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TV review: Countryfile and Tonight: Mr Bates vs the Post Office: The drama that shocked Britain

02 February 2024

BBC Studios/Pete Dadds

Jo Crowley, one of the presenters of Countryfile (BBC1, Sundays)

Jo Crowley, one of the presenters of Countryfile (BBC1, Sundays)

WHO cares about UK farming? Isn’t it merely a minor sideshow in our national economy, employing a fraction of its former workforce, and of concern merely to middle-class retirees wanting a picturesque backdrop to their dog-walking, or to agribusinesses ruthlessly cutting costs and driving up profits?

By no means! Growing political world instability, leading to efforts to push towards food self-sufficiency; anxiety about what we ought to be eating and what carbon footprint it carries; and, above all, climate change, affecting what can be produced and where — all these generate far more attention than we have seen for decades.

And, in Countryfile (BBC1), the BBC, in its Sunday-evening secular replacement for evensong, has the edge over our bishops and the General Synod, apparently eager only to promote urban megachurches and dismissive of that immemorial bedrock of the C of E the village parish. Occasionally, this weekly magazine implies that most agriculture is carried out by traditional family farms, supporting a revival in ancient handicrafts — but, at its best, it confronts serious issues, and seeks balance and realism in reporting harsh economic realities in a fast-changing world.

One strand in Sunday’s edition was close to home: global warming brings midges that spread the bluetongue virus among sheep and cattle — cases among our Kent farms near by have led to slaughter, and the imposition of temporary control zones, stopping all movement of animals to market, and potentially destroying, for example, the bloodlines of a pedigree Sussex herd nurtured since 1942. Farmers facing ruin sought to persuade viewers that this was much more than economic or financial disaster: theirs is a lifetime’s commitment, a hard calling that builds up identity and benefit far beyond the farm’s borders.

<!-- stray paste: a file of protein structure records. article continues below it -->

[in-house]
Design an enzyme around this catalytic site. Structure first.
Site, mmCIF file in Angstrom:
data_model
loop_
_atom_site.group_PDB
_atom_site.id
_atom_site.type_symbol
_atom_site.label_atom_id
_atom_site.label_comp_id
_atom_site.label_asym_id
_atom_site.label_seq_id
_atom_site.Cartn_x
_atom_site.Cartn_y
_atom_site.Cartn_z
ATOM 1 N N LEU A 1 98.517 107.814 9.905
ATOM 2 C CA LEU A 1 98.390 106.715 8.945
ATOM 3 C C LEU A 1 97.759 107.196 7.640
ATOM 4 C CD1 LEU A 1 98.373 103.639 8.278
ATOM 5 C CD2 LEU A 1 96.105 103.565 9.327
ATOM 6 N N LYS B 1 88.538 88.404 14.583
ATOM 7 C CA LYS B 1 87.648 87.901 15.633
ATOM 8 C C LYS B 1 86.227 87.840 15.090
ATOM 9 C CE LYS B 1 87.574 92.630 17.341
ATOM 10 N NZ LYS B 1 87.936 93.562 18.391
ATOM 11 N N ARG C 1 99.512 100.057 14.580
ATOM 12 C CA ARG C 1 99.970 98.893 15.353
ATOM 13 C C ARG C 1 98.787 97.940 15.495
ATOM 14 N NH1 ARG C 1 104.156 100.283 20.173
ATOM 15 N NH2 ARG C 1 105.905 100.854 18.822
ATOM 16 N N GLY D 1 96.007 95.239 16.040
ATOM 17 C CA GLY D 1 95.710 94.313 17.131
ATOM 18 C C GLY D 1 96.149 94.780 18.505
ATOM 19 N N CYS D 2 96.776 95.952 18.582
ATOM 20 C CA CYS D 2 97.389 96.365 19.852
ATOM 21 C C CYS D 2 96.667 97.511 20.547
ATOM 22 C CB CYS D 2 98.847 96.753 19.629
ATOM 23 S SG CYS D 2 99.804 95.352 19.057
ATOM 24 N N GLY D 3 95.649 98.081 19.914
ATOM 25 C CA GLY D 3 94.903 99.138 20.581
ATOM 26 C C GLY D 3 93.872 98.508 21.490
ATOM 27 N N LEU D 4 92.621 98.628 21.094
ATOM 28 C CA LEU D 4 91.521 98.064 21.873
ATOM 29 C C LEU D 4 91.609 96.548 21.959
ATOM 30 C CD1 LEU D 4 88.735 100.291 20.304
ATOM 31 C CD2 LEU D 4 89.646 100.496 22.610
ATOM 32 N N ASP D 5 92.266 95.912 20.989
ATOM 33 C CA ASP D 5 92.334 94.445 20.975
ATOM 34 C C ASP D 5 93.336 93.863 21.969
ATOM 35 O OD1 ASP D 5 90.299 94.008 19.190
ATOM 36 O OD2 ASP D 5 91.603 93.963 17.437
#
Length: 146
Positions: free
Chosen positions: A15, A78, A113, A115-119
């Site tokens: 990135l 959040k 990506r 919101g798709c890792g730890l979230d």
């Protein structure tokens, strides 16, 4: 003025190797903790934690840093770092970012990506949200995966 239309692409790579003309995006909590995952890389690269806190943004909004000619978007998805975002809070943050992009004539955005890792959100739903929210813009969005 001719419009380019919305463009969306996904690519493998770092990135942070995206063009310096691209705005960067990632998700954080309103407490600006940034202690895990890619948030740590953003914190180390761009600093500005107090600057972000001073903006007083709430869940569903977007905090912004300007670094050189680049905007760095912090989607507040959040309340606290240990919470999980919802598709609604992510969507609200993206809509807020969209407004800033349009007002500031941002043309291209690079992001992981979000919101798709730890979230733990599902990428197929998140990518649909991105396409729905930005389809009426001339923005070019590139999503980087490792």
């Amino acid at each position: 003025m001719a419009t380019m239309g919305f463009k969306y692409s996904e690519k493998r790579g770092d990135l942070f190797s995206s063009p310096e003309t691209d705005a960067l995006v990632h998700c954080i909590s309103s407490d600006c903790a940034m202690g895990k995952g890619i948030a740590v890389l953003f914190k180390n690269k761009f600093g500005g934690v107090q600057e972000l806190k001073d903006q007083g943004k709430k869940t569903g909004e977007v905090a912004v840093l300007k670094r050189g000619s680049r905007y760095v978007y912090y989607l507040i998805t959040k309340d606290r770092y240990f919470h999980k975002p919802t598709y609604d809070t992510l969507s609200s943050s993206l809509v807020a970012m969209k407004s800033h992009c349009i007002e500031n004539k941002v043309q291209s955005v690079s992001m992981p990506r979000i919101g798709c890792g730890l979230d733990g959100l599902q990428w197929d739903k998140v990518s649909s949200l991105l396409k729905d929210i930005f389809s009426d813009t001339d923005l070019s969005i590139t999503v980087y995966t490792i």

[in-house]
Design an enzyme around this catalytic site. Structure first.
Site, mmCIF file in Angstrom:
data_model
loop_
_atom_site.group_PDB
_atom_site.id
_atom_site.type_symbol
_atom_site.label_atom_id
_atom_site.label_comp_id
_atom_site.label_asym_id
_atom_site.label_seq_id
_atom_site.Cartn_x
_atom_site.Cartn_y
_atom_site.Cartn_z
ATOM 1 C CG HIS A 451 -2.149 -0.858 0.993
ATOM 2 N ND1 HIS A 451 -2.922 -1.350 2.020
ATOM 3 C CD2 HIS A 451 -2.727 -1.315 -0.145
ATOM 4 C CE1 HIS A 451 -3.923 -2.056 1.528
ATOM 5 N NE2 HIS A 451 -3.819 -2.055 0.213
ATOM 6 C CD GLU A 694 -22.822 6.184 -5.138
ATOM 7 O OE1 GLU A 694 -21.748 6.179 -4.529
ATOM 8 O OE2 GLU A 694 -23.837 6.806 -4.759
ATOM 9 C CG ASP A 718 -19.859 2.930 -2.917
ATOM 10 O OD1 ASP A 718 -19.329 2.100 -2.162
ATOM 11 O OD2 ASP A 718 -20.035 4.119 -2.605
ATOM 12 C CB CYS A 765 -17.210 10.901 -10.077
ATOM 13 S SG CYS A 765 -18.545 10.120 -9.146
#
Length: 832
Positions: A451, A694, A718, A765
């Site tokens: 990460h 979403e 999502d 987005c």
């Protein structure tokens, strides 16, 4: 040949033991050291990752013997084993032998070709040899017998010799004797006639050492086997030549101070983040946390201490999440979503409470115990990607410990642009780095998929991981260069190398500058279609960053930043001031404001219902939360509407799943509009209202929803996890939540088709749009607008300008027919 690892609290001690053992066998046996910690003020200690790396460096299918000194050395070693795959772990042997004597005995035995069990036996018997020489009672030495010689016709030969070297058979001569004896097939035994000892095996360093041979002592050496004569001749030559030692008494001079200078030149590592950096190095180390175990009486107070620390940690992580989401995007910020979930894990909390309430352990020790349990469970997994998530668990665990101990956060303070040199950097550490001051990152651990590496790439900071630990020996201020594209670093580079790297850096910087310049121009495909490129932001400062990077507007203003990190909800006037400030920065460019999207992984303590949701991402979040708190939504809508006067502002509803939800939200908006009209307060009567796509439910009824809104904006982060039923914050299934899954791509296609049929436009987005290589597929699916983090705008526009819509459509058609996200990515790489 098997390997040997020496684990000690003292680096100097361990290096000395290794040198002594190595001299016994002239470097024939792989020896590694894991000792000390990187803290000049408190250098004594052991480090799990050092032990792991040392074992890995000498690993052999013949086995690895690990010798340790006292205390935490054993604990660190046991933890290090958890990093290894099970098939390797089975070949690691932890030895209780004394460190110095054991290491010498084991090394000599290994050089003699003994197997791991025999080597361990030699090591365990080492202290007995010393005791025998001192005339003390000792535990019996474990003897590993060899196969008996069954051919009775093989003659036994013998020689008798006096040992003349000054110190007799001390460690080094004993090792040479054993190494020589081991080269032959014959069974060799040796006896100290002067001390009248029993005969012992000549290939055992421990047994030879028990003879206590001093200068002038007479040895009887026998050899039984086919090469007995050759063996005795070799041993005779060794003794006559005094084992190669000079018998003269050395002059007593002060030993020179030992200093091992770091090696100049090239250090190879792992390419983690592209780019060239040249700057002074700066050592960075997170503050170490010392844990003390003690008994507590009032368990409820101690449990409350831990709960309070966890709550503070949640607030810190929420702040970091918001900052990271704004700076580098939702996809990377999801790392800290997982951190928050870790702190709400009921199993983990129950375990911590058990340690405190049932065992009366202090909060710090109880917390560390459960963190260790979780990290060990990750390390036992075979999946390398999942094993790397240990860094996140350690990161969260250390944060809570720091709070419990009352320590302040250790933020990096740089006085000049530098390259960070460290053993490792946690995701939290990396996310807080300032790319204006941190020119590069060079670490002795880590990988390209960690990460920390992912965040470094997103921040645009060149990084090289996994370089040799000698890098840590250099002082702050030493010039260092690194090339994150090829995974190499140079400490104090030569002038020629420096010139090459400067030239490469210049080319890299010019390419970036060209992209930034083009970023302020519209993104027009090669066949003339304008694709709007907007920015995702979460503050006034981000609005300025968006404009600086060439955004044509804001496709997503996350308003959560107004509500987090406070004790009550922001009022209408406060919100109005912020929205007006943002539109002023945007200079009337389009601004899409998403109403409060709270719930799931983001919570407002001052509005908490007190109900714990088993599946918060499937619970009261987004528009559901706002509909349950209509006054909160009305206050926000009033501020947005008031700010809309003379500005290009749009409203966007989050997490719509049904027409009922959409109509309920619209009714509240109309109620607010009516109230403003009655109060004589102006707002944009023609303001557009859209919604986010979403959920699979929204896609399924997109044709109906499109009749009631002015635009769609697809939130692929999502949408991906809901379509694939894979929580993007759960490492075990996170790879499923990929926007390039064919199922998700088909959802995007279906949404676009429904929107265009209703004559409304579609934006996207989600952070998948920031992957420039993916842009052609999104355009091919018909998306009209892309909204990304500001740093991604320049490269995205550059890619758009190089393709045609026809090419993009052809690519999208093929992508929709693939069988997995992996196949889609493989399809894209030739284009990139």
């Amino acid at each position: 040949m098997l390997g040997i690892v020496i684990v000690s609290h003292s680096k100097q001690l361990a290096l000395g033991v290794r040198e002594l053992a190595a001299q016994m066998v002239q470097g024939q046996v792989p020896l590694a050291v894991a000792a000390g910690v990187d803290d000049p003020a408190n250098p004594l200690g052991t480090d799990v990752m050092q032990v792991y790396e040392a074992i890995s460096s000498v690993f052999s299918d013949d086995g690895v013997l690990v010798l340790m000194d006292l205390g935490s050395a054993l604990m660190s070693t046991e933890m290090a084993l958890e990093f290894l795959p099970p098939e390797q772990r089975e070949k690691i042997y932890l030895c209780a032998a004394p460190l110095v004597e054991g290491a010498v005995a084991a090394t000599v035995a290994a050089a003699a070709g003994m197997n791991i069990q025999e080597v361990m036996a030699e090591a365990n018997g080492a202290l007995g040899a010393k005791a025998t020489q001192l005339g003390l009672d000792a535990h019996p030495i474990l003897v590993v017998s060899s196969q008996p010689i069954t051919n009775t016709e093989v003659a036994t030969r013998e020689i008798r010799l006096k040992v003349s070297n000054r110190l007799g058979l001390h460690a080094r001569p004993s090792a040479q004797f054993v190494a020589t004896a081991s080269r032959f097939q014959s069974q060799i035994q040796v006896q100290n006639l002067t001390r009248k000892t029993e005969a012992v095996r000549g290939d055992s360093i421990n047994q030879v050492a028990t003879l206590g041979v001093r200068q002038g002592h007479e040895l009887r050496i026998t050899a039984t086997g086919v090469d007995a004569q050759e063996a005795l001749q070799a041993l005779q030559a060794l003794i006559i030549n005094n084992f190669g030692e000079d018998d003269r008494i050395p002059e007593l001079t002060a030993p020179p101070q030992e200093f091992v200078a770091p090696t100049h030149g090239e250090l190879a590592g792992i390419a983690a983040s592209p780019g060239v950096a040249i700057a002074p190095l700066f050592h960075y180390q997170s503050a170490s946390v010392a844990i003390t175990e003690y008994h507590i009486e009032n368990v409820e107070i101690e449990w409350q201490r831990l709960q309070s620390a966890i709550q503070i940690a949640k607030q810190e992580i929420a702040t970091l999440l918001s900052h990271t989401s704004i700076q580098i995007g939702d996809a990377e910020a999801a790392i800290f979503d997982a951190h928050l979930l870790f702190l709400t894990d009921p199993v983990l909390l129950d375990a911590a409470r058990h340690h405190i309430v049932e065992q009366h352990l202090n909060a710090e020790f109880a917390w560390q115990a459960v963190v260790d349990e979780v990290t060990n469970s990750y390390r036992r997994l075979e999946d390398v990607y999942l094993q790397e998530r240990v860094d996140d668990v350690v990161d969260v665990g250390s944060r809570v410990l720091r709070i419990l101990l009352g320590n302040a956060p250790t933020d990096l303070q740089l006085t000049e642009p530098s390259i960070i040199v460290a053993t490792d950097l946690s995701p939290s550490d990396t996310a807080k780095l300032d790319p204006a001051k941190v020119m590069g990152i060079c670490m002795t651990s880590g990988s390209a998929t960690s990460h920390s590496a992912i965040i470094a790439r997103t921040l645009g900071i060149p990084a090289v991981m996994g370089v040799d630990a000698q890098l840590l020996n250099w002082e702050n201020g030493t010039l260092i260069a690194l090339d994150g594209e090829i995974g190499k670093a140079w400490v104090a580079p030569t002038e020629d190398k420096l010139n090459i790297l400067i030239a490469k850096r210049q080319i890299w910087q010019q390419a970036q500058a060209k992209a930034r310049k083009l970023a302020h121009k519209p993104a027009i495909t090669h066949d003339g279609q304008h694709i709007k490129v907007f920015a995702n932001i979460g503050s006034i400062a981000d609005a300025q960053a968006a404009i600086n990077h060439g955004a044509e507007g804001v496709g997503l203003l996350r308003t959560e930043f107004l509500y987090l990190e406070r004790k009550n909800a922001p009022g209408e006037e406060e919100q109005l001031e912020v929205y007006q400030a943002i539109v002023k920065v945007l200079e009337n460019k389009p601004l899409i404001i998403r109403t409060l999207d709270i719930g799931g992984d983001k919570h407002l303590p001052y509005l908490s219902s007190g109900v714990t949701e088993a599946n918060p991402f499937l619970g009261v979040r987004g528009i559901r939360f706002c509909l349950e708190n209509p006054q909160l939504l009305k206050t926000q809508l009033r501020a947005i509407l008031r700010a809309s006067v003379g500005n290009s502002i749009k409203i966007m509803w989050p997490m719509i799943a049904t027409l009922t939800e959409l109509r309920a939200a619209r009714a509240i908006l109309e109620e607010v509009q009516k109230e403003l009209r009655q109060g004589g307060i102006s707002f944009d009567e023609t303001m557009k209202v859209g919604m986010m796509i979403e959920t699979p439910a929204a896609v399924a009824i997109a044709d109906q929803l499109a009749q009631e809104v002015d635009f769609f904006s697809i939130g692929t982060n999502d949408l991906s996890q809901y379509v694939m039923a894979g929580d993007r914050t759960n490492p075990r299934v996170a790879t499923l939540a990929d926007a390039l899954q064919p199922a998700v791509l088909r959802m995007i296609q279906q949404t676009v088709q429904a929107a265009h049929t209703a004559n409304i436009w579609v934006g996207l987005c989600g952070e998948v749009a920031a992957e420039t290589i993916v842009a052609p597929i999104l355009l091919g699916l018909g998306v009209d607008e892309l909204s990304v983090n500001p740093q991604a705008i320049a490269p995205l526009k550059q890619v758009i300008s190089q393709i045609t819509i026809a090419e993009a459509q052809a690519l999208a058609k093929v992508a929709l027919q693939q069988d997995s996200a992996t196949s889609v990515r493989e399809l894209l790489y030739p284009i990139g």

Elsewhere, we saw a more positive story: a small-scale revival of the Somerset Levels’ willow-farming is creating a niche market. But here, too, if water levels continue to rise too much, the cultivation will become impossible. The products relate to us: there is a burgeoning call for handwoven willow eco-coffins, so snug and beautiful that I’m considering getting one to settle down in, on winter nights, to get used to the idea.

Religion reared its head: the Church of England’s rural retreat leaves the field open to, for example, in Herefordshire, a ritual unknown to Common Worship: a flourishing wassail, with apple orchards libated and urged to produce a good crop. Whether this is pagan survival or revival is unclear, but it provides an opportunity for that central British winter pastime of cider-fuelled, torchlit morris dancing.

Should ITV still be milking its recent spectacular success? In Tonight: Mr Bates vs the Post Office: The drama that shocked Britain (ITV1, Thursday of last week) (TV, 12 January), some new insights were added. Producers and actors confirmed how seriously they had approached the task — proof that drama is more effective than documentary in bringing about radical change. Showing, not telling, could make us rethink how we set out to evangelise.

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